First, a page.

Long-awaited review of a state-run home for the disabled in Iowa says that millions of dollars are spent each year on overtime in the facility but that the home still can’t ensure the safety of the 190 Iowans who live there.
The state-commissioned review of the Glenwood Resource Center, which serves some of Iowa’s most vulnerable, intellectually disabled residents, has found violations of residents’ rights; a high number of abuse and neglect complaints; excessive use of physical restraints; a “toxic” work environment driven by fear; ineffective leadership; poor oversight by the Iowa Department of Human Services; and an insufficient number of physicians to care for residents of the home.
The review, released July 20, also found that sometime after 2010, the home quietly dropped many of the changes it had implemented to appease federal investigators who had determined that residents’ rights at Glenwood were being violated, according to the Iowa Capital Dispatch.
That particular finding is notable because the Glenwood center, which is 25 miles southeast of Omaha, is now the focus of another federal investigation into the alleged violation of residents’ rights. The current probe centers on complaints that the facility’s former superintendent, Jerry Rea, had initiated plans to use residents of the home in experiments related to sexual arousal.
In addition to investigating those complaints, the U.S. Department of Justice is also looking at whether the home has provided inadequate medical and nursing care to residents, engaged in needless and harmful restraint practices, or caused needless physical injury to residents.
Shortly after the DOJ launched its investigation late last year, DHS, which runs the home, fired Rea and commissioned its own set of investigations, one of which was recently completed and resulted in a report authored by Mark S. Diorio, a consultant and mental health expert from Virginia.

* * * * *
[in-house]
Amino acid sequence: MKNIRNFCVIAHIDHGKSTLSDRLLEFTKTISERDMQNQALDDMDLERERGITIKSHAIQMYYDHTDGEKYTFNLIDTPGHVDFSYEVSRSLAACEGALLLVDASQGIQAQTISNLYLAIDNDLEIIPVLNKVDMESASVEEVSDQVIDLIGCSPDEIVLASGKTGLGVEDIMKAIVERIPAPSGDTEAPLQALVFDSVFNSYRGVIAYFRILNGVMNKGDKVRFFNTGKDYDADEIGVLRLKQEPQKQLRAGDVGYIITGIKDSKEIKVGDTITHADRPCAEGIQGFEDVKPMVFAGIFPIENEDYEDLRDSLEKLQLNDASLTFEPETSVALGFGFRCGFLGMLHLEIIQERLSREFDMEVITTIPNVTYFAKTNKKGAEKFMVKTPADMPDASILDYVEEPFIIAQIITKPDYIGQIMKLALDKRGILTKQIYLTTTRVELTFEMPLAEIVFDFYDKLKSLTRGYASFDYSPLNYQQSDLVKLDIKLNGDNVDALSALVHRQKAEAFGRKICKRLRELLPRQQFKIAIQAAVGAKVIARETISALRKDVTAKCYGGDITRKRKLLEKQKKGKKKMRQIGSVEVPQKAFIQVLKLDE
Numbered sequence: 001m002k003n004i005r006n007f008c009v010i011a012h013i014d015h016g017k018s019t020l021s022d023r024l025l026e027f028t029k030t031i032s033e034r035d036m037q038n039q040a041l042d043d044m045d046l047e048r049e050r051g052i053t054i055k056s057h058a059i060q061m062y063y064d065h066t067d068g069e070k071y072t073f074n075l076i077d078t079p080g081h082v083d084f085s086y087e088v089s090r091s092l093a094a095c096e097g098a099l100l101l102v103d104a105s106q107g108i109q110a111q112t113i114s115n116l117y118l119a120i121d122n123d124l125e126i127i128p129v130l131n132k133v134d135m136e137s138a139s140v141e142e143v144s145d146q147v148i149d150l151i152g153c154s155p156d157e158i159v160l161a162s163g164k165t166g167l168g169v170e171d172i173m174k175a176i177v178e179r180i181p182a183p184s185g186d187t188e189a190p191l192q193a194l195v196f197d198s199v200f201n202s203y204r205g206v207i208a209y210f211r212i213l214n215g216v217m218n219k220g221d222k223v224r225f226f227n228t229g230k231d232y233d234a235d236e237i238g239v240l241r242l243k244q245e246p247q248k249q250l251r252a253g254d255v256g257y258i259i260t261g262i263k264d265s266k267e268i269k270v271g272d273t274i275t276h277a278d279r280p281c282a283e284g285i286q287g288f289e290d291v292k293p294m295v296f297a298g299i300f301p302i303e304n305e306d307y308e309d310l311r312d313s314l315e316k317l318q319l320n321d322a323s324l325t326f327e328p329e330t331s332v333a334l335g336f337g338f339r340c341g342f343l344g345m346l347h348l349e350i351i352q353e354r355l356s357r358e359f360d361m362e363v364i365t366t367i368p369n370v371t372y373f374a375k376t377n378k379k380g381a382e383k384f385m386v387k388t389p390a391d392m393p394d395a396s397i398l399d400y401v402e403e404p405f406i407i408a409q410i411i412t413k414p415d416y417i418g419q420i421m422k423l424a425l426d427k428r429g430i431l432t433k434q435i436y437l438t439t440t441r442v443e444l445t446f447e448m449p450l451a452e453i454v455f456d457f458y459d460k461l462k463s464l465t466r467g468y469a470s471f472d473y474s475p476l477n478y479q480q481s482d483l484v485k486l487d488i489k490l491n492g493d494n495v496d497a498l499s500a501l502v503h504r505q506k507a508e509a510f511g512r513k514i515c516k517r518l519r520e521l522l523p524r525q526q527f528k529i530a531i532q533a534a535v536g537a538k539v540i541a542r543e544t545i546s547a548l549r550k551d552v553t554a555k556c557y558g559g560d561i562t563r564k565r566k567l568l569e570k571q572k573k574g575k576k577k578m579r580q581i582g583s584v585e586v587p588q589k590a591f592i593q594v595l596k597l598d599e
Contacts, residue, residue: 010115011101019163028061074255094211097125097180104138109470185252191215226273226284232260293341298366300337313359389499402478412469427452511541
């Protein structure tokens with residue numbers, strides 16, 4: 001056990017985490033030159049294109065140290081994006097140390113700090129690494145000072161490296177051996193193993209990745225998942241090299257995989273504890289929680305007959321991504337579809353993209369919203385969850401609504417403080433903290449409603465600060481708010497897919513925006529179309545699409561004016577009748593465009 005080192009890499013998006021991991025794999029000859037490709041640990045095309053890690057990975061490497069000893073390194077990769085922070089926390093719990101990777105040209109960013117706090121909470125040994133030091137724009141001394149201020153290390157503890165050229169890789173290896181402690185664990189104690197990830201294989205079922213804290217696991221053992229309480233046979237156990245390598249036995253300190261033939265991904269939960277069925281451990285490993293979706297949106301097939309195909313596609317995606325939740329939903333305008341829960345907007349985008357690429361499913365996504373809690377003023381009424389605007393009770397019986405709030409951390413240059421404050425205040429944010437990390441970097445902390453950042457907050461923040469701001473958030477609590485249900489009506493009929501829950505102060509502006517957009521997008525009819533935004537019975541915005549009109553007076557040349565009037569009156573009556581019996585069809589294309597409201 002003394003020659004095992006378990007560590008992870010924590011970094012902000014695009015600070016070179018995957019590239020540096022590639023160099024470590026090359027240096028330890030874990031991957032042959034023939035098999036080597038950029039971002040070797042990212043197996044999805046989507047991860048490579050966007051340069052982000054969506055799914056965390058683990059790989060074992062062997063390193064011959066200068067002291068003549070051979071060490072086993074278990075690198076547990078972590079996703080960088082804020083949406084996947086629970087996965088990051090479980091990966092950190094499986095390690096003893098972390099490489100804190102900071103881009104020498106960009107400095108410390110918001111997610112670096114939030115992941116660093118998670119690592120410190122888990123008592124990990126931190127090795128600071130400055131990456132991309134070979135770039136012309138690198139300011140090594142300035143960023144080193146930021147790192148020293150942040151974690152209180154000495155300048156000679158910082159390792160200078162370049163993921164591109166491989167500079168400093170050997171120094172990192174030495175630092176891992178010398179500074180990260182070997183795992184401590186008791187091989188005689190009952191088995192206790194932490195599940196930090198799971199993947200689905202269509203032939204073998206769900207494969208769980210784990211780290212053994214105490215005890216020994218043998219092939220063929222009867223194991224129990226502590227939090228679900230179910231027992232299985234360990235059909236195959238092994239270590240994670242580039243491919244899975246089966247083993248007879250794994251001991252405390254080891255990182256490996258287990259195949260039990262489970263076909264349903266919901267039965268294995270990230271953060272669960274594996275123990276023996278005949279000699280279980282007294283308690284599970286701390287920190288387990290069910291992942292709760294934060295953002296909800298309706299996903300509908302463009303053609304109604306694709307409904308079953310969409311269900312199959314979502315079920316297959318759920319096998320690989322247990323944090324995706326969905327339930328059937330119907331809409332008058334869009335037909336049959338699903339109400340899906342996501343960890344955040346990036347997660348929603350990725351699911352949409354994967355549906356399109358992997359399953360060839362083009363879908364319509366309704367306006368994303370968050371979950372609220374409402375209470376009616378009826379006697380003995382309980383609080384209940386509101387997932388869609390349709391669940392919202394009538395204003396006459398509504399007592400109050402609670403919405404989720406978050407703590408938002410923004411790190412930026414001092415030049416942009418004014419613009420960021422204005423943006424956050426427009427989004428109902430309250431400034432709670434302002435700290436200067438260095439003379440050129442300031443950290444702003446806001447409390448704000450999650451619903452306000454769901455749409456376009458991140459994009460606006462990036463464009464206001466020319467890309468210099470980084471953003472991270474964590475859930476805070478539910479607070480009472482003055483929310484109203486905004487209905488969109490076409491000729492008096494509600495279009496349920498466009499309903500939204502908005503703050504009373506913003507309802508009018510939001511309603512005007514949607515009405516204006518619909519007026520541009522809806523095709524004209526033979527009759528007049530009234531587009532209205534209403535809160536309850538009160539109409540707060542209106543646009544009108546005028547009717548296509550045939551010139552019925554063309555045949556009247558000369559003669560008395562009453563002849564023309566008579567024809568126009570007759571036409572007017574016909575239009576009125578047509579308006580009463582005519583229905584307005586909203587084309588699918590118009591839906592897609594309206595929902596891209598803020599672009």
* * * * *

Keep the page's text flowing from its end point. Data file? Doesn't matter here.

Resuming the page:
In his report, Diorio says he made no attempt to examine the sexual-arousal studies that triggered the federal investigation, saying those and other issues had been “assigned” by DHS to other experts and to law enforcement.
But Diorio does say that the “research efforts” initiated by Rea had become a “major focus” of Glenwood under Rea’s leadership and that those efforts interfered with the home’s primary mission of caring for its residents.
DHS officials say that of the 117 recommendations that accompany Diorio’s report, the department is in the process of implementing 90 of them and has put others “on hold” due to the COVID-19 pandemic.
Among the problems cited in Diorio’s report:
Undoing DOJ reforms: In 2004, the state entered into a formal settlement agreement with the Department of Justice, agreeing to make major improvements at Glenwood due to allegations of residents’ rights being violated. In 2010, after six years of effort, Glenwood was deemed to be in substantial compliance with the terms of that agreement, but sometime after that, “senior leadership” at the home made the decision to undo some of the reforms that had been implemented. The report says “it is not clear when this breakdown occurred, or who authorized it at DHS.”